and the Devil himself...

and the Devil himself...

Tuesday, July 23, 2013

What No One's Talking About in the Abortion Debate - The Economic Reality and It's Impact on Society

I rarely discuss my personal experiences or political issues here but the recent reactions to a 14 year old girl's protest sign (read her statement here) in support of a woman's right to choose to terminate pregnancy struck me to the point that I feel I need to say something.

Too many people seem utterly unaware of what pregnancy and the subsequent care of an infant entail for, considering the economic crisis our society has been facing for quite a while, I'm sure a growing number of women. That is not even the main point of the abortion issue, but it is a point that I don't even hear being raised in the discussion and so it's the one I'm going to address. Maybe my story will open some eyes. I hope so. I was not poor, I was fairly middle class. I was not uneducated, I completed college and had a career commensurate with my background. I still don't quite see how we survived.

Here's what happened.

When I discovered I was pregnant with my super amazing son, (and this was 11 years ago when the economy was actually good),  I knew it would be life-changing and was excited about how marvelous those changes would be. And, of course it was! However, in retrospect, I don't see how either of us survived.

I would have never thought that would be the case, nor would anyone who knew me. I had a fantastic paralegal job with a firm that was discussing sending me to law school. I was surrounded by close friends who were also having their first children. The father and I were not together but he lived a block away and also had a very stable job/owned his home. I had great insurance. Everything seemed like it would be just fine.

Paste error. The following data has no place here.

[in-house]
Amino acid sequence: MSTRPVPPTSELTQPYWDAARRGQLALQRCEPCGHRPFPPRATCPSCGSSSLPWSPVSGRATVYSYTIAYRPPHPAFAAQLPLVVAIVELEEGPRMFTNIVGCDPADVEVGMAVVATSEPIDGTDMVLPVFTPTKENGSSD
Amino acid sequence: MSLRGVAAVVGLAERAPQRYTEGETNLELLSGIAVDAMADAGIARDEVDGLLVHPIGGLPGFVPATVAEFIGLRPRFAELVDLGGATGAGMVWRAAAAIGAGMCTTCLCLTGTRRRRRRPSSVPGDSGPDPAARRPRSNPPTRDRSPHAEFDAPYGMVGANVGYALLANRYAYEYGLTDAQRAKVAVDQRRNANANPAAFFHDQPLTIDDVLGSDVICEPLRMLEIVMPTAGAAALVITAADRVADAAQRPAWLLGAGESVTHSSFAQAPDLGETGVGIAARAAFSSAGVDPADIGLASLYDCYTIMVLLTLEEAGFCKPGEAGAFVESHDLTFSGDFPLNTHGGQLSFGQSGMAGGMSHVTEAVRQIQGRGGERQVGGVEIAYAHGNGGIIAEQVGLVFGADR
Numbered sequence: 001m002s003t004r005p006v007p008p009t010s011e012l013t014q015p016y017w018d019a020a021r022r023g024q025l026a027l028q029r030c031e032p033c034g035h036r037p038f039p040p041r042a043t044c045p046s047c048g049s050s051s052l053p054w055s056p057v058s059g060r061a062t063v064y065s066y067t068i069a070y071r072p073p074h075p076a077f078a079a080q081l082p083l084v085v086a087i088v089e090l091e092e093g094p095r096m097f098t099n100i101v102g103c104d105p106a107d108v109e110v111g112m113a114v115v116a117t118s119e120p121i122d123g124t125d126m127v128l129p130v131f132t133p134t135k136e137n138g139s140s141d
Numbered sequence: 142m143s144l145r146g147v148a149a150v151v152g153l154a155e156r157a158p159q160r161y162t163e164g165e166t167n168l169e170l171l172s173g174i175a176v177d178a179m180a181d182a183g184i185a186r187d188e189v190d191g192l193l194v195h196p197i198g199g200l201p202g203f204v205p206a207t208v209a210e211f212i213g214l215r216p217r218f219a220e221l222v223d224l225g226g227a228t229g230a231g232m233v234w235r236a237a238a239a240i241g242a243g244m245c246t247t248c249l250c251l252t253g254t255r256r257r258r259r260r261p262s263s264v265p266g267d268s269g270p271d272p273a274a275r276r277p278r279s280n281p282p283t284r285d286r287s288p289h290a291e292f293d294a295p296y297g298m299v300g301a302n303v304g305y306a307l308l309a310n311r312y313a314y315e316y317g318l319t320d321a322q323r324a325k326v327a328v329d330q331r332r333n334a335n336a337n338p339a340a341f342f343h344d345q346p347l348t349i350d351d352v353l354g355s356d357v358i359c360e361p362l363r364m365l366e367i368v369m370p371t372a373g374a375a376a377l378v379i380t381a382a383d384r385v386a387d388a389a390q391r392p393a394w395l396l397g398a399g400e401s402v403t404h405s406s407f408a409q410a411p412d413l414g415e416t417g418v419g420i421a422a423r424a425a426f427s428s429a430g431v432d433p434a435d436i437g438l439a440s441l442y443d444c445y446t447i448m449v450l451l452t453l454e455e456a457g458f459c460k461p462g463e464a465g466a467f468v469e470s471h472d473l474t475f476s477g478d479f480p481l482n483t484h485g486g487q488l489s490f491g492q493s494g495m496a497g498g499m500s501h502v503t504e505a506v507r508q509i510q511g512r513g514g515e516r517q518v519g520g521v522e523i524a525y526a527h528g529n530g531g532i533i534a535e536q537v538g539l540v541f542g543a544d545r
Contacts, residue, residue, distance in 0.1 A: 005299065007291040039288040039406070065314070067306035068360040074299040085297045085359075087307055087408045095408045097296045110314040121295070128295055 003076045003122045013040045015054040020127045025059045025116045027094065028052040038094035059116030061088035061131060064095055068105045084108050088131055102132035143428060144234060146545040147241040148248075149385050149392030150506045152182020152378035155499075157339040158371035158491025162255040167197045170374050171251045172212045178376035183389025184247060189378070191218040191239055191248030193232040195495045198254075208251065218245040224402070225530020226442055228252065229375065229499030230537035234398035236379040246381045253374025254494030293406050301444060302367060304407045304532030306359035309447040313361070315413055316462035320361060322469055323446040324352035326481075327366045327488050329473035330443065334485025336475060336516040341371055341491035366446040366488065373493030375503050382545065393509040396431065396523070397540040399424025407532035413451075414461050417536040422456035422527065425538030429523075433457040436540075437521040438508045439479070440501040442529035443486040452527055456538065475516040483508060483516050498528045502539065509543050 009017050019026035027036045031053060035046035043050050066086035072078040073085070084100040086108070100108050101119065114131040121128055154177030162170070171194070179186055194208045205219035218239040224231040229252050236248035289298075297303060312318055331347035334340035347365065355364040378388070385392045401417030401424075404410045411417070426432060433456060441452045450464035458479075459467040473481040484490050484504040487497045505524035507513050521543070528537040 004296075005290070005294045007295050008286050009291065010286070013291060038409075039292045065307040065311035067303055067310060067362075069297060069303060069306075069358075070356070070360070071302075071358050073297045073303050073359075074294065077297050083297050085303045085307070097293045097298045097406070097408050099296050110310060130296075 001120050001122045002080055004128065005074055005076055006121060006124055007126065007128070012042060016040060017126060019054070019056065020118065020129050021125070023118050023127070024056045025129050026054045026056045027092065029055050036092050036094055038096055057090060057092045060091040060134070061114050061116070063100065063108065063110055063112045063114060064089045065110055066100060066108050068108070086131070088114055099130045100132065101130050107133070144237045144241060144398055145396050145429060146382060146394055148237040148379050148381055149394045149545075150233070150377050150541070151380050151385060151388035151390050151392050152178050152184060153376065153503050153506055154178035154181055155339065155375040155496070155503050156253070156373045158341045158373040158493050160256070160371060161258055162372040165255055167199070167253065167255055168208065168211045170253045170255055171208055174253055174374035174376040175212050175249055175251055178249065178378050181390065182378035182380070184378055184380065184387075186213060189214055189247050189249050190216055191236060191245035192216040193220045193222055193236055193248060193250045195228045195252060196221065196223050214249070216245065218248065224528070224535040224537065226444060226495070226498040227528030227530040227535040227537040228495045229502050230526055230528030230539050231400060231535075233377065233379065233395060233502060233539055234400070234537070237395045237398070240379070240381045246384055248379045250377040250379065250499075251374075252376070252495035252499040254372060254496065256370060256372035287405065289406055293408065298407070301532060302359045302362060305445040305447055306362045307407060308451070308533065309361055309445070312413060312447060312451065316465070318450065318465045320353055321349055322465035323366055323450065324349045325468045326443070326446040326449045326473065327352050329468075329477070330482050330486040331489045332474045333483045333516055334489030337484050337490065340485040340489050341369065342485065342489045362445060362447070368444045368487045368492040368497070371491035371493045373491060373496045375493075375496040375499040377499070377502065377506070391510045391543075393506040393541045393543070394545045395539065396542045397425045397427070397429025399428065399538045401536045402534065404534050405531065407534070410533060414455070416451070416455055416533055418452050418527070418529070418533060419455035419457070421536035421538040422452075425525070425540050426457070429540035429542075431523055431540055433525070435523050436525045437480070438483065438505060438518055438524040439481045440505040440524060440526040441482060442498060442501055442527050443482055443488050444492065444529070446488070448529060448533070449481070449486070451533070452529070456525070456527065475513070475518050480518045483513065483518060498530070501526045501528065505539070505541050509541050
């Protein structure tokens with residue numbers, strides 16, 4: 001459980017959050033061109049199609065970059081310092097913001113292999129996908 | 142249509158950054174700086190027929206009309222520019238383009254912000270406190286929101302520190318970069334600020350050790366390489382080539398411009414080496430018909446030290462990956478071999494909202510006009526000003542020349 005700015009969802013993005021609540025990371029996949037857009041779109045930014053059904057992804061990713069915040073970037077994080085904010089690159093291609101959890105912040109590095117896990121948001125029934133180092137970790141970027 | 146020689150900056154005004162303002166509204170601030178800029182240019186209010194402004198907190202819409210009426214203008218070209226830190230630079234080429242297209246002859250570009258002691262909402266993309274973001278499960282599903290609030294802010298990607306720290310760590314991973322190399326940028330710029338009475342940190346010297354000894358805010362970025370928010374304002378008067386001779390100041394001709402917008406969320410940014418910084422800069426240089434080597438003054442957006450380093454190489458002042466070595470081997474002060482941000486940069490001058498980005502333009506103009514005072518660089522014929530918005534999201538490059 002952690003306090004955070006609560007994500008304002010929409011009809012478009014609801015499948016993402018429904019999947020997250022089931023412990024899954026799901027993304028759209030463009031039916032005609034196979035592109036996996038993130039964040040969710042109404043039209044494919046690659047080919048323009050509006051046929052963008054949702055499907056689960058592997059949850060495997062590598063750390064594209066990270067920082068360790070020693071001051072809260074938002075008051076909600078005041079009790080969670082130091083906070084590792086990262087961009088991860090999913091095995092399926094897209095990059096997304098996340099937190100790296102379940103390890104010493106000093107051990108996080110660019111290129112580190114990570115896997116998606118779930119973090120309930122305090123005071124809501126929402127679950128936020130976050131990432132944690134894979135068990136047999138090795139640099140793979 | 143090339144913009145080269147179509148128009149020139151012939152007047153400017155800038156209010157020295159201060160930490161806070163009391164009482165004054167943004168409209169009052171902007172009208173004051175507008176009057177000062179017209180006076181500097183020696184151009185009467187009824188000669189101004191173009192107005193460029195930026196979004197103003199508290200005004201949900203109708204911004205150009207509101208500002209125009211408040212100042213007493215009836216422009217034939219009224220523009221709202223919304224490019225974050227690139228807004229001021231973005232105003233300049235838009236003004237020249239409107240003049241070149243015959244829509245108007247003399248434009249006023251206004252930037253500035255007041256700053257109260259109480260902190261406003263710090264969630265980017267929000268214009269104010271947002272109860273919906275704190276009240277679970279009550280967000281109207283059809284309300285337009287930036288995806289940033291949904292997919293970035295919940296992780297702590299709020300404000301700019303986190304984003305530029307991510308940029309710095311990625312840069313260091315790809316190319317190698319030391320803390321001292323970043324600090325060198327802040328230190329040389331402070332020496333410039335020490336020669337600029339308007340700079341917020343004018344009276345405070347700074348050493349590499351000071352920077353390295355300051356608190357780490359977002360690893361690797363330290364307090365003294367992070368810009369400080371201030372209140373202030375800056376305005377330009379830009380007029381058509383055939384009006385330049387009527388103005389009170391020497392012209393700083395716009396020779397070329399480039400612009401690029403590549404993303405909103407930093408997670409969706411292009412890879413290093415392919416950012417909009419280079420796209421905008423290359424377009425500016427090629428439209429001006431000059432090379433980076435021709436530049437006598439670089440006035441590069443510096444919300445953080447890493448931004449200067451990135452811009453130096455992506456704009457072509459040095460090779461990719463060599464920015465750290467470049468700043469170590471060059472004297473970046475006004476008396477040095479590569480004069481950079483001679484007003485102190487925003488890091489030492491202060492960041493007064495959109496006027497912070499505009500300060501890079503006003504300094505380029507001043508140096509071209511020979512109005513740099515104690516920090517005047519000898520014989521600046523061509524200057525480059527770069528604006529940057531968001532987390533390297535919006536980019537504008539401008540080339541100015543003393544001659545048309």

But it wasn't. I became very seriously ill with toxemia, which effected my ability to work. This resulted in the firm (Civil Rights firm mind you) pushing me out of my job when I was 7 mos. pregnant (maybe 8, it was so traumatic I've blocked it out). Good luck fighting it, most of their time was spent on cases just like that so they were realllllyyyy good at pushing me out. Validly afraid I was dying and jobless at 7 or 8 mos pregnant I, of course, didn't know what on earth to do. And trust me, no one hires a pregnant woman; especially one THAT pregnant.

I wanted to be with my family, (in part because I wasn't sure I'd be around much longer), so moved from Louisville to Virginia, where they were. I, thankfully, kept my insurance. How I managed to find and pay for an apartment I don't know but somehow I did. I did have some help from my son's father, who, thank God is a really great person/father, and from family members but believe me, things were nearly impossible. If my Aunt, for example, hadn't covered the enormous cost of all the things needed for a new baby, (crib, stroller etc -- altogether it's thousands, even if you're frugal - not to mention an entire new wardrobe every 3 mos), I have no idea what we would have done.

Both of my parents have cerebal palsy so were not physically able to help or to provide child care. The father was in another state and there were no other relatives to help with it either really. This raised an impossible question - how on earth was I going to work? I was beyond qualified to earn 50,000.00 + a year but, see above for why that with paid maternity leave wasn't the case.